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Teenage Stephen Harper grappled with God, remembers his confirmation class teacher

By Tim Johnson

Stephen Harper’s 1978 yearbook photo from Richview Collegiate Institute in Etobicoke, Ont. Toronto Star/CP Images
Stephen Harper’s 1978 yearbook photo from Richview Collegiate Institute in Etobicoke, Ont. Toronto Star/CP Images

“He wasn’t an outsider, exactly. He just wasn’t the life of the party,” Moulton adds, observing that Harper showed no particular interest in sports or music. Which is why he was so surprised when he heard that the prime minister, as an adult, had written a book on hockey. Moulton reasons that this was part of an intelligent political calculation, akin to Russian President Vladimir Putin’s relationship with jazz music. “It’s not basic to his nature,” says Moulton. “He’s a serious person, and he needed that to humanize himself.”

Back at St. Luke’s, Harper rarely missed a confirmation class, which ran for one hour every Sunday morning, from October to April. But then, Harper made a decision — one that was his alone — not to be confirmed. “He had a hard time getting his mind around the concept of God,” Moulton remembers. “He just couldn’t figure it.” Moulton wasn’t offended — in fact, he respected Harper for his decision. “I understood how his mind functioned. I accepted that it was valid. It was more honourable than just going through to the end for the sake of it.”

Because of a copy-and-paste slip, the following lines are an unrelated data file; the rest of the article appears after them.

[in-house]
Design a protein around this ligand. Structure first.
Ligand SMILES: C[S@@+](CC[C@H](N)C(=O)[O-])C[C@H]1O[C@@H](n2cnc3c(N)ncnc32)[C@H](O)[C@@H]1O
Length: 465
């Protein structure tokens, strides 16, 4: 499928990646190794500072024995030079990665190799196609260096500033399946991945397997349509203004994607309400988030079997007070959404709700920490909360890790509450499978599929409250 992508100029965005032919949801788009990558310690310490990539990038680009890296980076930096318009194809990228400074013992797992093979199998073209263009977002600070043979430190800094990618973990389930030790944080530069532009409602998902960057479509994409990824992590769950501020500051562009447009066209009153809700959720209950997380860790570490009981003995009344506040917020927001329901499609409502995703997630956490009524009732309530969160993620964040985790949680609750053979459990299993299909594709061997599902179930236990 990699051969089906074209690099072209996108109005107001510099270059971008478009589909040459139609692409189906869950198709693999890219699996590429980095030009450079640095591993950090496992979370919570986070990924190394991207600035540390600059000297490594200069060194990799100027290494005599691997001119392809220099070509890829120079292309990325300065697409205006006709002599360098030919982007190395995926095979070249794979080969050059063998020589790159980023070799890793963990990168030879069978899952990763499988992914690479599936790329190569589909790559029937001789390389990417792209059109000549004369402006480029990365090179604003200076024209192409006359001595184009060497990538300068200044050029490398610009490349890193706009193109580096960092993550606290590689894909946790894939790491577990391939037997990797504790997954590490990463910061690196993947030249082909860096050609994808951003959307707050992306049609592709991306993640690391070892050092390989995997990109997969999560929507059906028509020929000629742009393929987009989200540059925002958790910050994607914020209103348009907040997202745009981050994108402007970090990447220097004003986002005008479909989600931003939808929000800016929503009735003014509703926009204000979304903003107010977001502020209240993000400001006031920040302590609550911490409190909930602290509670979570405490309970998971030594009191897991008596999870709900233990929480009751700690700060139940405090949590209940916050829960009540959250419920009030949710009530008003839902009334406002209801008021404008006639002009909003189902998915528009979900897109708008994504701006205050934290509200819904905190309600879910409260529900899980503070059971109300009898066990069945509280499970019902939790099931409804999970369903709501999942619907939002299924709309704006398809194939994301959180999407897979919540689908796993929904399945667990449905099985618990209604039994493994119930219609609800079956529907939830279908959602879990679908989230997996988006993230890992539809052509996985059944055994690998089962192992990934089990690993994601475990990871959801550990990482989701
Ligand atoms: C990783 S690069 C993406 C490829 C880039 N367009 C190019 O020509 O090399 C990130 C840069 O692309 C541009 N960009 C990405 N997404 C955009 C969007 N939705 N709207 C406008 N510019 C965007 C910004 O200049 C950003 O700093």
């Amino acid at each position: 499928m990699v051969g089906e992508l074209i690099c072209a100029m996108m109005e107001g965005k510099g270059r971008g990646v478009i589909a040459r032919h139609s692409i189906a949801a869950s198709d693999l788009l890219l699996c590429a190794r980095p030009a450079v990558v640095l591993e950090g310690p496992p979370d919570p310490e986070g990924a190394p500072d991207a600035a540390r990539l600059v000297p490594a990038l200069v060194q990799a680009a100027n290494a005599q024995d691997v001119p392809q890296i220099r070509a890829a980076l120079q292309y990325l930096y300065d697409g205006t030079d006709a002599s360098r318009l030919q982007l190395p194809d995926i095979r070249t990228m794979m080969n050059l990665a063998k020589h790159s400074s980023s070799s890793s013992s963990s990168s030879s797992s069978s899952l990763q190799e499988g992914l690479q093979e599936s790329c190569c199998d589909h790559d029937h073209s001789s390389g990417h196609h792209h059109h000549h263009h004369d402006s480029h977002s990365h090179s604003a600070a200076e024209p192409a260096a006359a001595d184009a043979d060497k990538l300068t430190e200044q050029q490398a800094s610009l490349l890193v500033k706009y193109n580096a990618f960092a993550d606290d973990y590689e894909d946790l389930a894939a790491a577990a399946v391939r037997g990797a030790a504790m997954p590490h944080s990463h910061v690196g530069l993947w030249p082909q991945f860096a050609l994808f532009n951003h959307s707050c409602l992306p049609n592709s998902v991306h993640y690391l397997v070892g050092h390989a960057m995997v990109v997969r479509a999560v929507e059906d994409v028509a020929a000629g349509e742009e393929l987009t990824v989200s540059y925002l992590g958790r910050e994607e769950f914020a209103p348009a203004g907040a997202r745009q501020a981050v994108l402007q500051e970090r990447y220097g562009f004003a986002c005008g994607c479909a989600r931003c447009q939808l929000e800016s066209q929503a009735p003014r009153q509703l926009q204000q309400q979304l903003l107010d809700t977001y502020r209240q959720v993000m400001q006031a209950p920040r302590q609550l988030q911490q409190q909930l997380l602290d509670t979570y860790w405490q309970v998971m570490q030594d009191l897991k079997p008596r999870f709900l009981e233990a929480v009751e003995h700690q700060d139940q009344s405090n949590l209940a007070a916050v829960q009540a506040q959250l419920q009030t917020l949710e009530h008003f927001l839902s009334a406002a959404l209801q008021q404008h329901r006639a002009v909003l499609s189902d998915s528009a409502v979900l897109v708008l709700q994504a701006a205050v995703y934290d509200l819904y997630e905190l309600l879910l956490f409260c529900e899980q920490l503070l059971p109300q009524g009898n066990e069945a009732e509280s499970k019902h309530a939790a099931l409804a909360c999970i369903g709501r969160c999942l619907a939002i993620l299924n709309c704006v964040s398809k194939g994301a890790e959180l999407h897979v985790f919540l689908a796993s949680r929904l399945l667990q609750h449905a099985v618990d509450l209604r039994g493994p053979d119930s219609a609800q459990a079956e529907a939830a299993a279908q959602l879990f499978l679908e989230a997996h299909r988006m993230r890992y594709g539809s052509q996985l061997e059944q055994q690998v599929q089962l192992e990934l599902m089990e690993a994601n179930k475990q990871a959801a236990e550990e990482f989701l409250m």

Moulton notes that Harper’s religious ideas began to firm up once he moved west, to Calgary, and became close to Preston Manning. “He would send these long letters, 10 or 12 pages, in tiny writing, asking me how I could explain this or that from Manning’s speeches and sermons,” he says. “He had a lot of moral and theological questions.” Moulton would respond in kind, but it was a big job — analyzing his letters, then writing back on all the different topics was a time consuming process. “It wasn’t just an hour — it would take a whole day to respond,” Moulton remembers. With the passing of time, the two slowly lost contact.

And while Moulton enjoyed the meeting of the minds, they never really agreed on politics. He notes that Harper’s father always had conservative leanings, something that rubbed off on the future prime minister, and he moved even further right once he moved west. But Moulton doesn’t think Harper is a true fundamentalist — rather that his intellect, combined with the residual impact of the United Church, keeps him moderate. On the issue of abortion, for example, Moulton sees the pressure the prime minister feels from the right to prohibit the practice, but doubts Harper would ever support this. “He reasons it through. He sees both sides of the issue,” Moulton observes.

While Harper today is a member of the Christian and Missionary Alliance, Moulton is convinced that the United Church had a lasting impact on the current prime minister. Years later, when Harper was already leader of the opposition, his father died; he sent Moulton a handwritten note, expressing how much the minister had meant to his dad and the family, along with a program from the funeral. “We may not see eye to eye on politics, but he had — and still has — a solid ethical foundation and moral stance,” maintains Moulton. “And I know he got that from the United Church.”



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